Speaking at the conference, titled "Cuba – a potential market for Vietnamese enterprises", the country’s consul general in HCM City, Indira López Arguelles, said her government was soliciting foreign investment, especially in the Mariel Economic Development Zone, which offers good conditions for Vietnamese firms to invest.
Tourism, renewable energy, bio-technology, light industry, food, property, agriculture, and infrastructure were among the sectors in which it seeks foreign investment, she said.
Pham Thiet Hoa, director of the Investment and Trade Promotion Centre of HCM City, said, “The Cuban market offers great potential for Vietnamese businesses in sectors like tourism, agriculture, telecommunications, consumer goods, footwear, and garments and textiles, areas in which Vietnam has strength.
Cuban firms are strong in the pharmaceutical, training, medical, and construction sectors, and can enhance co-operation with their Vietnamese counterparts in these fields, he said.
Trade between Vietnam and Cuba has increased significantly in recent years, but remains modest compared with the potential, he said.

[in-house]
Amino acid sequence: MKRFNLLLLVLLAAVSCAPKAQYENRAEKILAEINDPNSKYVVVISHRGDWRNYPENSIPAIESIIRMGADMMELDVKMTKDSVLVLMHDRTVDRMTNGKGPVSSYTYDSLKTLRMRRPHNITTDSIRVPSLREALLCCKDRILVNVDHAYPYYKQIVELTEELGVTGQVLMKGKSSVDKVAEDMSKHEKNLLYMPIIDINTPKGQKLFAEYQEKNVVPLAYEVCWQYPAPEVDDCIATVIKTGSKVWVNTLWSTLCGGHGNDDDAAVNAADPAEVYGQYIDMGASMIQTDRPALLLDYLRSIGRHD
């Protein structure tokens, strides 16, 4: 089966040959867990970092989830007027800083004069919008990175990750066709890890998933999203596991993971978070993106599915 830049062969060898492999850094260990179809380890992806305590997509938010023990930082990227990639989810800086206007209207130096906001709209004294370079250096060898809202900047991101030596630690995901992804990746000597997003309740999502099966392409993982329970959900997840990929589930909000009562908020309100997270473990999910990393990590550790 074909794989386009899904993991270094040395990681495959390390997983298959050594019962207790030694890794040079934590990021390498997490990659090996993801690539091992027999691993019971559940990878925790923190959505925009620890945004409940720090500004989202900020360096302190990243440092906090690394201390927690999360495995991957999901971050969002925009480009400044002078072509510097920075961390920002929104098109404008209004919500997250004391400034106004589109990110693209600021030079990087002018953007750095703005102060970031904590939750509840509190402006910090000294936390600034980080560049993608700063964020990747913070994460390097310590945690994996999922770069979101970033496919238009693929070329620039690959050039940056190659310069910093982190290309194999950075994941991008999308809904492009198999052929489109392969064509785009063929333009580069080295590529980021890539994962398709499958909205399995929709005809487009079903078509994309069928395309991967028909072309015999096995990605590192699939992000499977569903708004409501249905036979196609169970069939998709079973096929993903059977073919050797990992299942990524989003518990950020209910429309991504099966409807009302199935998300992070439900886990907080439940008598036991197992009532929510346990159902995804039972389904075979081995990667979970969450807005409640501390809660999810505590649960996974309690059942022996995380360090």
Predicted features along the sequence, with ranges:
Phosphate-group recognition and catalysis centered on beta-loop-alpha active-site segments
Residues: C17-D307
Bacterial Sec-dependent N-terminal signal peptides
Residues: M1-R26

Of the US$250 million trade in 2016, Vietnam’s exports to Cuba accounted for US$240 million, he said.
Tran Ngoc Thuan, deputy general director of Thai Binh Investment Trading Corp, which has 20 years’ experience in the Cuban market, said Cuba’s imports from Vietnam accounted for a very small portion of its total imports, and there was still a lot of scope for Vietnamese firms to promote exports to the country, he said.
Cuba had to import 60-65% of its food needs while Vietnamese firms were strong in the sector, he said.
Businesses from the two sides can co-operate in agriculture to serve the Cuban market and also export to Latin American countries, the conference heard.
With Cuba seeking to boost domestic production to gradually reduce imports, investors should think of the long term by investing in production there instead of focusing just on trading, delegates said.
They said investment and trade in each other’s countries remains modest due to the limited market information and investment policies of enterprises.
Besides, difficulties in making payments and the use of dual currencies and foreign exchange rates are among other obstacles to trade, according to Arguelles.
Vietnam and Cuba are negotiating a free trade agreement to facilitate trade.
Some Vietnamese firms have invested in Cuba and she hoped more would do so.
Hoa said the ITPC would organise a visit by a business delegation to Cuba next month to enable Vietnamese firms to understand more about that market and seek partners.
Vietnam’s main export items to Cuba are rice, coffee, chemicals, ceramics, and machinery and parts. It imports vaccines and pharmaceutical products.